The numbers are in for the River Tweed salmon Spring catch - and while it is a drop on last season’s catches it’s not the lowest in recent times.
A report on the River Tweed Commission site by Tweedwriter gives an update of the spring season to June 30.
“The overall reported catch by rod and line was 1,083 salmon. While this represents a further drop on last season when 1,843 fish were caught, it is not the lowest spring catch in recent times: the early 1990s saw catches of a little over 800 fish.
“Fishing conditions, coupled with less fishing effort, have had a significant impact on the total figure recorded, compounded by a range of other factors – connected to conditions at sea and long term changes in run timing.
“2018’s five-year average is 1,831, a drop of 11% on the figure to 2017.
“All areas of the river suffered much poorer catches, with Lower and Middle Tweed – where traditionally most springers are caught – catching just over 50% of last year’s figure.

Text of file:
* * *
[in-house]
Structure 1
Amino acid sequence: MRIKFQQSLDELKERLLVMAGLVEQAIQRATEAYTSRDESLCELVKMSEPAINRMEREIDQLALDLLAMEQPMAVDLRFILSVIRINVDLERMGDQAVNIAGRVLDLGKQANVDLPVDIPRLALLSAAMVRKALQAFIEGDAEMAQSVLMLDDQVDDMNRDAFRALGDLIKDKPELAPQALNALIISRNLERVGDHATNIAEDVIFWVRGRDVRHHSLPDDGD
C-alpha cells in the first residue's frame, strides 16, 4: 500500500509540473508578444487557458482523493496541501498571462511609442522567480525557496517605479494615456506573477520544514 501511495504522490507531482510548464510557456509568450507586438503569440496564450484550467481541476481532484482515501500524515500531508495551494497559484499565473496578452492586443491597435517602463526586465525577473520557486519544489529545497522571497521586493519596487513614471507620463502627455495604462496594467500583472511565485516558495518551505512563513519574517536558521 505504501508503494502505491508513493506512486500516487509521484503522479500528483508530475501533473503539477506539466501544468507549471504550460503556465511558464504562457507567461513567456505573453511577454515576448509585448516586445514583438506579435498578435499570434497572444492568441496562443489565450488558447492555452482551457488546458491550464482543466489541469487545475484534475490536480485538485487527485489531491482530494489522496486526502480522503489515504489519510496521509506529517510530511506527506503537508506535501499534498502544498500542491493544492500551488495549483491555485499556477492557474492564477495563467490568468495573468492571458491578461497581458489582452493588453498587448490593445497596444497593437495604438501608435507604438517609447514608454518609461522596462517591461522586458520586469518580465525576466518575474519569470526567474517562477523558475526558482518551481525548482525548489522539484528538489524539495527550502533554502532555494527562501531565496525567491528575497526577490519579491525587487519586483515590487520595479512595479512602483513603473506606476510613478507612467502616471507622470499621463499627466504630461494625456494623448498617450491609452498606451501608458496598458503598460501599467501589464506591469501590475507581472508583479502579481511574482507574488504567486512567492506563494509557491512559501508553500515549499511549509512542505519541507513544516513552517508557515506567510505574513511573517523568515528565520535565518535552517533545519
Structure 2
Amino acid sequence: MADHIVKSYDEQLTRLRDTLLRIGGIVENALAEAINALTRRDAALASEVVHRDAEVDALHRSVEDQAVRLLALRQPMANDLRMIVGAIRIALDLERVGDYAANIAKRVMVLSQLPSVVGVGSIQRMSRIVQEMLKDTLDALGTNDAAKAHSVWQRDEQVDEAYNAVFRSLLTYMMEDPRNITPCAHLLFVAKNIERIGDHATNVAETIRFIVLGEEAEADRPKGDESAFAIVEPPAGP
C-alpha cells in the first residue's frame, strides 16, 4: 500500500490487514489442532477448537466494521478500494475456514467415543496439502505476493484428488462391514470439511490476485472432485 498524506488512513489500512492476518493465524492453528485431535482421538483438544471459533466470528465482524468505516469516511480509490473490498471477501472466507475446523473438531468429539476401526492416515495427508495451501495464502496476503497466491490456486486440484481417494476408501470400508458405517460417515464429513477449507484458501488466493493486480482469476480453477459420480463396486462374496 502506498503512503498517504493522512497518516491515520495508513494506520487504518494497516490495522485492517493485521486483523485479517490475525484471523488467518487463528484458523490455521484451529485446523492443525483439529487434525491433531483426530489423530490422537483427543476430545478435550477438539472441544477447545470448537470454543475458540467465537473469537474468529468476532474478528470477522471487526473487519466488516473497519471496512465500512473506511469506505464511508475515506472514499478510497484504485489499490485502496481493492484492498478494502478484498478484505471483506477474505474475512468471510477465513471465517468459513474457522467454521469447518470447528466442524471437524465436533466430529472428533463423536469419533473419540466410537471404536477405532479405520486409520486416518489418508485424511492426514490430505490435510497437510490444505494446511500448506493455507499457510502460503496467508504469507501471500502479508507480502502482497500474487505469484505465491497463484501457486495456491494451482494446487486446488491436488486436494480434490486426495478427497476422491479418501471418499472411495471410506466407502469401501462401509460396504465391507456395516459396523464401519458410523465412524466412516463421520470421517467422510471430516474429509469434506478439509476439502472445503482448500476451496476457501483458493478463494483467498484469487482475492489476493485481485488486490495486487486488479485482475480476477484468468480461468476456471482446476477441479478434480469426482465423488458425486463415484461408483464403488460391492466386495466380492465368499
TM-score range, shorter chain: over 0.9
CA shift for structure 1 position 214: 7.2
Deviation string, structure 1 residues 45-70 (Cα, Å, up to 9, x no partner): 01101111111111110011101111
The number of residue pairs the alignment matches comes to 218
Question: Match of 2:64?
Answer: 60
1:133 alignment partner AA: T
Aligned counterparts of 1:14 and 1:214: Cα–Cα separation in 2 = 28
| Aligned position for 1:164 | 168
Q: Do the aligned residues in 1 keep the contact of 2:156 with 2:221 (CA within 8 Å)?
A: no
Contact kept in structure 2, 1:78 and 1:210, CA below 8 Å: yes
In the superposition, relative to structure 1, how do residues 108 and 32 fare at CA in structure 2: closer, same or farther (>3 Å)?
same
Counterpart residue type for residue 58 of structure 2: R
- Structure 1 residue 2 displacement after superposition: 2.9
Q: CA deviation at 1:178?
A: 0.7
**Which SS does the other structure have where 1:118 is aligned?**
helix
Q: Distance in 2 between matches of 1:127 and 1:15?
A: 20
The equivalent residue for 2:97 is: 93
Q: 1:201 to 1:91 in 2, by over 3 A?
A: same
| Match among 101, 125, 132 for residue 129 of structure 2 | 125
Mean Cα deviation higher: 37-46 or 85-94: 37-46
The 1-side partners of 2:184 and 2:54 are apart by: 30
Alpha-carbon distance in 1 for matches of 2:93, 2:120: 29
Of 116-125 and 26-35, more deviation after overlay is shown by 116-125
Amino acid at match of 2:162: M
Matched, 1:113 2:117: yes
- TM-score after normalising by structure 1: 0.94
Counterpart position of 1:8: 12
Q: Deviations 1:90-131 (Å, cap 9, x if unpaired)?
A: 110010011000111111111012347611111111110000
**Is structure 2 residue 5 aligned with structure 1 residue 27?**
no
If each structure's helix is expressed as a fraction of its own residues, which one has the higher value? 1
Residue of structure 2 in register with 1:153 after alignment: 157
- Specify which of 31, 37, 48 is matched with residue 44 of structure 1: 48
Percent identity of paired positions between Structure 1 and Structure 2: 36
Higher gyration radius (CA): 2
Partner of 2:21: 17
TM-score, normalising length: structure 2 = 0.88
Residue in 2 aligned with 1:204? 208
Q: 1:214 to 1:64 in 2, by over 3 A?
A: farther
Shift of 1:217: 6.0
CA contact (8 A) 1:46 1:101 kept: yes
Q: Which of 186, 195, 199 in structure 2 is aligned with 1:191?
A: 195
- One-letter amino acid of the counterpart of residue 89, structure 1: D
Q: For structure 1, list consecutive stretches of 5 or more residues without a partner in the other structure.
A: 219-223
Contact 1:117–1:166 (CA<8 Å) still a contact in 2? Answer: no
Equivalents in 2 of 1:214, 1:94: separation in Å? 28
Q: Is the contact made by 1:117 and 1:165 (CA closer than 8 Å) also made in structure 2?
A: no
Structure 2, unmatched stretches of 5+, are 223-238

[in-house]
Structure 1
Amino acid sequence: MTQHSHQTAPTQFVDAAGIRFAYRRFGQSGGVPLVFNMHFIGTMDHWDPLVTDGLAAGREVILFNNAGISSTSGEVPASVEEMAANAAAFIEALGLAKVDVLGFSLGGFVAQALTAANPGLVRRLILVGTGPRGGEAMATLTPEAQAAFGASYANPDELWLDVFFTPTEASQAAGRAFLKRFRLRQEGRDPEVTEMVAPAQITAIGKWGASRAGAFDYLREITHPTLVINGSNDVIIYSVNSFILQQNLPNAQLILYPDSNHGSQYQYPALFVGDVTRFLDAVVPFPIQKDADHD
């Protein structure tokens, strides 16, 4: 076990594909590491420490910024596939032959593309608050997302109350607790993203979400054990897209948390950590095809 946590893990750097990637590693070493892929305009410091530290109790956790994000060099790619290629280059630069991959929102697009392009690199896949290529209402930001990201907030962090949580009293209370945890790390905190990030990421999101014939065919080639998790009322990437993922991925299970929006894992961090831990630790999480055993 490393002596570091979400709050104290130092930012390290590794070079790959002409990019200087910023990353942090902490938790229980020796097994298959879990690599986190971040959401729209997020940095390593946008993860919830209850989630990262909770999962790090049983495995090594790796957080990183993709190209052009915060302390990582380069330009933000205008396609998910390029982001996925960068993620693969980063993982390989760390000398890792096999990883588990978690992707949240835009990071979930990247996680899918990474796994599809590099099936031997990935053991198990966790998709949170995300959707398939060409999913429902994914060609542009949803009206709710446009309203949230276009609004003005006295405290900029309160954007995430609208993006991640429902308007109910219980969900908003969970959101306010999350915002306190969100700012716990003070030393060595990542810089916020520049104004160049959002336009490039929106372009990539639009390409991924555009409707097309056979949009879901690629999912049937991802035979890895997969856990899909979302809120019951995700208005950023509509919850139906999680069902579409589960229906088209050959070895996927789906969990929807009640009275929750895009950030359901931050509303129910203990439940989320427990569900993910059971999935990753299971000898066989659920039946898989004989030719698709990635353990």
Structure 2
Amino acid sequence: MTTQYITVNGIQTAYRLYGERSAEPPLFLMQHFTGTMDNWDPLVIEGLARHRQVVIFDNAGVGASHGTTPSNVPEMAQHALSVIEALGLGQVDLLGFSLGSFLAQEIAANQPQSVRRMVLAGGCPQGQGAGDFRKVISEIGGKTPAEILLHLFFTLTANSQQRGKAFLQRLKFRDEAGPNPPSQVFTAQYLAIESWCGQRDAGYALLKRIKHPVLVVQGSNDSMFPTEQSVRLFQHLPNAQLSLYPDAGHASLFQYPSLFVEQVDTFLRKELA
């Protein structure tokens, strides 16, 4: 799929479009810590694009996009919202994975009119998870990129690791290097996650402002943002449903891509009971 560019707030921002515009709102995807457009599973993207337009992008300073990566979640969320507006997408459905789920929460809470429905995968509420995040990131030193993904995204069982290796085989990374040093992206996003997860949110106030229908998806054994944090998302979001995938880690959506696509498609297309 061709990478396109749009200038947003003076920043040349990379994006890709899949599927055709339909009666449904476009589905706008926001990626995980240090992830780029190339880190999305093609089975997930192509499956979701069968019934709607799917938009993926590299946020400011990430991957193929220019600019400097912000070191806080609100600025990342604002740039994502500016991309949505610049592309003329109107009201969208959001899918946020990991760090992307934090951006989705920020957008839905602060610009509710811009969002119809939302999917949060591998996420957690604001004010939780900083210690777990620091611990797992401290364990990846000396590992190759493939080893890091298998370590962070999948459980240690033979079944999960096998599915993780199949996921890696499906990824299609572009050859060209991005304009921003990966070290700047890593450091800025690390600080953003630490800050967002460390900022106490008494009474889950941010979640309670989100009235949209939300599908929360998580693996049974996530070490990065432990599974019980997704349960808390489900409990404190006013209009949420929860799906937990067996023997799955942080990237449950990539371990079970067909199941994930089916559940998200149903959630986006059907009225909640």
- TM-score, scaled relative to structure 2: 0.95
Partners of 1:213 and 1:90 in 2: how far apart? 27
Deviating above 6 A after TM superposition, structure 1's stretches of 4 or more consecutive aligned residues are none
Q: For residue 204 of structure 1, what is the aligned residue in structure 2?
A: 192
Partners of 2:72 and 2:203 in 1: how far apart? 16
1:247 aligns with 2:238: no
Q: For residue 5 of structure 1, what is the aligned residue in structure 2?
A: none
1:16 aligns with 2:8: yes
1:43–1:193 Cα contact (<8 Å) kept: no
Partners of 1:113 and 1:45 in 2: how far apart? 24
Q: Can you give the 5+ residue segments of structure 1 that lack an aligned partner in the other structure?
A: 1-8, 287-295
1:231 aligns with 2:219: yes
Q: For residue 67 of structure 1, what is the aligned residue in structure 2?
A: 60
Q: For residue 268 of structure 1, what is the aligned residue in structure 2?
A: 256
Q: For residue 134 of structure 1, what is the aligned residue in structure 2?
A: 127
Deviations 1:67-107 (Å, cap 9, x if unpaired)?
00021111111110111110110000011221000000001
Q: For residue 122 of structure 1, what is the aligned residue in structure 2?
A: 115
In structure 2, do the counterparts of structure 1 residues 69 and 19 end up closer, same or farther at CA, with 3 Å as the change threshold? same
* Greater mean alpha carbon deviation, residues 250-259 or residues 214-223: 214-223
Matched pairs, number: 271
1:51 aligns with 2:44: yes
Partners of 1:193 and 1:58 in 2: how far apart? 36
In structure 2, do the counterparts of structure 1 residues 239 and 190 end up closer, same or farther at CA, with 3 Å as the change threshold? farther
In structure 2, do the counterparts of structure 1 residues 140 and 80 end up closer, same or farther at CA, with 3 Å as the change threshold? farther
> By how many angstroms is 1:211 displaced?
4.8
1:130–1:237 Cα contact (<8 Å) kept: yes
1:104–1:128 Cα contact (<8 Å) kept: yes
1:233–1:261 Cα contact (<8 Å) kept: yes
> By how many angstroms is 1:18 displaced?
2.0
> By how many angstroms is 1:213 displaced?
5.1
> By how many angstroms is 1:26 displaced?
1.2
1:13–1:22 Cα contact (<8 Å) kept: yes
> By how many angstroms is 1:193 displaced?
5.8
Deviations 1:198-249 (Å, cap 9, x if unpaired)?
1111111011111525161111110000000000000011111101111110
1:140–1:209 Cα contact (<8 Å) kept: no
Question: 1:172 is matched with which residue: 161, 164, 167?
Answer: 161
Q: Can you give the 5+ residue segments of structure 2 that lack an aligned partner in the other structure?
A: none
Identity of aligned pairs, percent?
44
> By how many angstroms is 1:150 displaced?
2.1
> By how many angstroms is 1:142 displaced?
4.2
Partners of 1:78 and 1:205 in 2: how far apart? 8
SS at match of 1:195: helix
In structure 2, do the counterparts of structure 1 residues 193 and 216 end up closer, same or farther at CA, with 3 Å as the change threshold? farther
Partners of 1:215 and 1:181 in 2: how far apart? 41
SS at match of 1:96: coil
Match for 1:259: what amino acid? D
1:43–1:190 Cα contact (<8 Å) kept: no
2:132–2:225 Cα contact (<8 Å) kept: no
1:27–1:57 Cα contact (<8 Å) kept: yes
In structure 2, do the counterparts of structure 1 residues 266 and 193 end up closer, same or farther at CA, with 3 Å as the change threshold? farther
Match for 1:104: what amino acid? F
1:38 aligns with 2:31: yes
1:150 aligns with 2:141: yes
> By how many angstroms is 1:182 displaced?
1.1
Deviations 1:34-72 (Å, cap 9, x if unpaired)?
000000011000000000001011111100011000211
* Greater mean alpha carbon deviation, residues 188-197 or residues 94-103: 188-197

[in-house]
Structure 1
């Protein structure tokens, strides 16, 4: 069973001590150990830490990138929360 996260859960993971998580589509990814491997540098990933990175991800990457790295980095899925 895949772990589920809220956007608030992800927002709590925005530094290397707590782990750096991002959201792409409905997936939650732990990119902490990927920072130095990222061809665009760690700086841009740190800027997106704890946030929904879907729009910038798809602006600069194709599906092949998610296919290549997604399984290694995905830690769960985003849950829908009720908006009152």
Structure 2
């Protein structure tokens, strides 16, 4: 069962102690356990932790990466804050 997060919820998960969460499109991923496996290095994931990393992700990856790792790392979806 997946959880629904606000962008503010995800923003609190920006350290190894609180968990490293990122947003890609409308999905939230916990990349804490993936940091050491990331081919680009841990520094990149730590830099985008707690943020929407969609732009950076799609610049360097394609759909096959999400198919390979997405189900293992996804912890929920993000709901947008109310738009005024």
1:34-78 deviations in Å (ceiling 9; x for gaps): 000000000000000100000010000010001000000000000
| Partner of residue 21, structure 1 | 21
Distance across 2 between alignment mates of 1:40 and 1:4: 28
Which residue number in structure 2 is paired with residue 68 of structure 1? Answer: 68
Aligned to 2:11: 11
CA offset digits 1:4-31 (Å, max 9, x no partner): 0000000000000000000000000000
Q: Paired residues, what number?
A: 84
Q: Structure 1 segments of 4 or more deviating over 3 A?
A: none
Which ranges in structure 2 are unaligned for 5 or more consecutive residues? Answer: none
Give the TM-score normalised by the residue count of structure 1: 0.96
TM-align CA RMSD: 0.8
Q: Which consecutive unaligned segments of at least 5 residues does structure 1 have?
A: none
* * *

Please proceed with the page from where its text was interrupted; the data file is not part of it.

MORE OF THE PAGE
“The Tweed spring catches graph shows the long-term catches for spring since 1970, when the autumn run on Tweed became dominant, and the spring season switched to being the smaller component,” states the report.
“It may be significant that the 2018 spring catch has dropped to the level of the poor years of the previous 5-year cycle seen in the 1970s and 1980s when it appeared that there were not enough fish to fully spawn the next generation – one bad year led to another five years on.
“However, that only happened because 70-80% of spring salmon at that time were five years old; the make-up of the stock is now very different, with more variety in age classes.
“This poor level of returning salmon has been reached before, and bounced back the following year.
“What happens next is therefore crucial.
“If overall environmental conditions are still the same as in the past there will be a lift in numbers, as after previous bad seasons – but, if these fundamental conditions have changed, a second (or more) bad springs in a row may occur.
“The last couple of seasons have shown that the change is towards summer fish which is why the dry summer Tweed is now experiencing has been so poor for fishing.”